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Cashless Denmark has no bank robberies in a year for first time

There were no bank robberies in Denmark last year, as a result of better security and the fact that the banks in the largely cashless society don’t hold large amounts of cash on-premise.

But the figures from Danish bank association Finans Danmark also revealed that online banking fraud has increased as criminals change their strategies.

For comparison, there were 221 bank robberies in 2000, 121 in 2004, and recent years have seen single figures, with just one in 2021.

Steen Lund Olsen, deputy chair at financial sector trade union Finansforbundet, said: “It’s nothing less than fantastic, because it’s a very extreme burden on staff every time it happens.”

However, the figures reveal that criminals are now changing their methods and moving to less risky cyber crimes.

“The physical robberies have largely been replaced by online banking fraud and other forms of digital crime, which are considerably less risky for the criminals but unfortunately pay great dividends,” said a Finans Danmark statement.

Denmark and its Nordic neighbours have been leading the charge towards a cashless society. Nordic advances with digital currencies are being made against a backdrop of cash usage across Scandinavia falling to below 10%, and where digital mobile payment alternatives, provided by Nordic fintech actors such as Swish, MobilePay and Vipps, are increasingly popular with consumers.

The arrival of Covid-19 and the limitations on the movement of people imposed to reduce its spread also accelerated the take-up of digital payments, as physical shopping reduced and many businesses moved to contactless payments only to limit contact between people.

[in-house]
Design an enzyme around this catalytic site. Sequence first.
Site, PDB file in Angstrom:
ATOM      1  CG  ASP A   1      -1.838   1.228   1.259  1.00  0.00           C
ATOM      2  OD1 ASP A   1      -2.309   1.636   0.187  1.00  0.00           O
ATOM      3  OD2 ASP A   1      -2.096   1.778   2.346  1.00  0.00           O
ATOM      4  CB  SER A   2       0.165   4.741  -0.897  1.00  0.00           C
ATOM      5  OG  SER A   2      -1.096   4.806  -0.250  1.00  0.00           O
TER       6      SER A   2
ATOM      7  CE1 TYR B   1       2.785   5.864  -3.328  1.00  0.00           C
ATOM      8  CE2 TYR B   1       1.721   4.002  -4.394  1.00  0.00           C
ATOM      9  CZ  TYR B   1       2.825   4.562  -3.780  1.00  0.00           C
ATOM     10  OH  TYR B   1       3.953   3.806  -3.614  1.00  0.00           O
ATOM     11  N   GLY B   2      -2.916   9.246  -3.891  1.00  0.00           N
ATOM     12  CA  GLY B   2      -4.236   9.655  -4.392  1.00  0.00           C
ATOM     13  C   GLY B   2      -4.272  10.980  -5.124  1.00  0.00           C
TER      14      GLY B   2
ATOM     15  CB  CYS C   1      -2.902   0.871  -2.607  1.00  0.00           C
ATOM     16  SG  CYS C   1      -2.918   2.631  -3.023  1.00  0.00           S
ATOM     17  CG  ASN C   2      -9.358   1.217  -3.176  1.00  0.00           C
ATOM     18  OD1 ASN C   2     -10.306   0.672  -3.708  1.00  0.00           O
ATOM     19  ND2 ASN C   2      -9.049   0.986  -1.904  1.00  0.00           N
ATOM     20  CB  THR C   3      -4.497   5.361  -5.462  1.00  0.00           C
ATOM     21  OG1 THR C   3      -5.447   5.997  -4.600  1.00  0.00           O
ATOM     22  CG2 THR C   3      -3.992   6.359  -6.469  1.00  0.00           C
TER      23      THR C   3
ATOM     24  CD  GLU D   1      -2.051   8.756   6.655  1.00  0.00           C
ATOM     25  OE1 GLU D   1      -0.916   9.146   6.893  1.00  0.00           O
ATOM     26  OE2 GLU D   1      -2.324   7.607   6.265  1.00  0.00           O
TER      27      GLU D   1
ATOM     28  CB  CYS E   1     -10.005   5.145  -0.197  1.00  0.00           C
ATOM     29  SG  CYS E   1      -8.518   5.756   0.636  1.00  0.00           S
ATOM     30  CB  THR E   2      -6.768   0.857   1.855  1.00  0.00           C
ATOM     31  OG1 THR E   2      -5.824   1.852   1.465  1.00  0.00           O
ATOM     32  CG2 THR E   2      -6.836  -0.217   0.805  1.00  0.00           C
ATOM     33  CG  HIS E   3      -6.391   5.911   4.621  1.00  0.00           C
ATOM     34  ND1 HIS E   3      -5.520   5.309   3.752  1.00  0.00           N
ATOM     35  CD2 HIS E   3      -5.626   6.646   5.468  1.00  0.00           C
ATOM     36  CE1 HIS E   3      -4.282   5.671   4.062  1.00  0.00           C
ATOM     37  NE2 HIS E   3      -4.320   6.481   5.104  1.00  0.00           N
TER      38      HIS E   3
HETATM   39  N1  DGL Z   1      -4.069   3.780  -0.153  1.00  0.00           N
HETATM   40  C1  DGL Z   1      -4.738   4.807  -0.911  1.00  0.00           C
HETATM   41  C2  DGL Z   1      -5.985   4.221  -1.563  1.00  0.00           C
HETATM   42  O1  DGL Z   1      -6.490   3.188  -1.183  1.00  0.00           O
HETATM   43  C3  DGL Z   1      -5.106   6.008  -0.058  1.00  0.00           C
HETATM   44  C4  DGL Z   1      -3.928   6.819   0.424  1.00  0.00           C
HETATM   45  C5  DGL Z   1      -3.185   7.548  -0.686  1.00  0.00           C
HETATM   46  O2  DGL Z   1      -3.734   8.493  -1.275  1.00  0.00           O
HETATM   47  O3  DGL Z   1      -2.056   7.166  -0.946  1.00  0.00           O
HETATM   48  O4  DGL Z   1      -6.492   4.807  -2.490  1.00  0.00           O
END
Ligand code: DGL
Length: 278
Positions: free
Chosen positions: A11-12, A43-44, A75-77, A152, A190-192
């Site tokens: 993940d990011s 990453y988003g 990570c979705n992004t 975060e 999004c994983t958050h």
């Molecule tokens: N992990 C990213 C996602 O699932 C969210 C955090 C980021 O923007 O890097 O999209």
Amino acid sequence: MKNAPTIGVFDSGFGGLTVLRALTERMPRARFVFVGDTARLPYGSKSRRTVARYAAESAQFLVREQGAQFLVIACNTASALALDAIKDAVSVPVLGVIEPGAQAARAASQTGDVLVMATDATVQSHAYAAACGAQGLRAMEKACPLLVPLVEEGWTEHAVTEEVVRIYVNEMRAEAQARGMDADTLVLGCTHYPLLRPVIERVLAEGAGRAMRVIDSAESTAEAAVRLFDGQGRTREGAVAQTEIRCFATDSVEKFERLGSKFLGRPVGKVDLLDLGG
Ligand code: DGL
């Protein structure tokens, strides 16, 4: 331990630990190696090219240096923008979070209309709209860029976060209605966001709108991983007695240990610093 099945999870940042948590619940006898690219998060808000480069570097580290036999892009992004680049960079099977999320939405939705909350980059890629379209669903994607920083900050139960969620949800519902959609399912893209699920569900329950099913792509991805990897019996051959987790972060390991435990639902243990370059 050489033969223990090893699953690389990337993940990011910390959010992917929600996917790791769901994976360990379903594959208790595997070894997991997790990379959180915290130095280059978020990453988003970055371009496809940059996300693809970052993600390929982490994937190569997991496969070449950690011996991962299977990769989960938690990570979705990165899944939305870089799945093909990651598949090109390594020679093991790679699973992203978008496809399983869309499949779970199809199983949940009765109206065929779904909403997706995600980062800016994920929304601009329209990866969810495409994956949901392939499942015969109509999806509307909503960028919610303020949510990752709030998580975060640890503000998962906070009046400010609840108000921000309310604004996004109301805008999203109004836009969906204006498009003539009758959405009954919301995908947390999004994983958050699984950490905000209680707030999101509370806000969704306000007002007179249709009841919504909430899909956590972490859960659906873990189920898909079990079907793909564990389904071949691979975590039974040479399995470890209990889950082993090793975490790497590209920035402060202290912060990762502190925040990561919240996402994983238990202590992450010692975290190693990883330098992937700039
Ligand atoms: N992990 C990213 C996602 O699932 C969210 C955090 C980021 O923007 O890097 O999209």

According to UK Finance’s UK payment markets 2022 report, the pandemic had a transformative impact on the payments market by accelerating the continued decline in the use of cash payments, while the use of debit cards also slumped after years of rising usage.

“The pandemic not only led to a reduction in the total number of payments made in the UK – it also led to changes in the types of payment that were used,” said the report summary document. “People made greater use of contactless payments, online banking and mobile wallet channels, largely at the expense of cash payments.”

In the UK, like in Denmark, there has also been a surge in APP fraud, also known as bank transfer fraud. This sees criminals use fake websites and emails to trick consumers into authorising payments to them as the scammers attempt to avoid the security embedded into the banking system. It’s a growing problem which, according to banking trade body UK Finance, increased by 70% in the first six months of this year, reaching a value of £355m.

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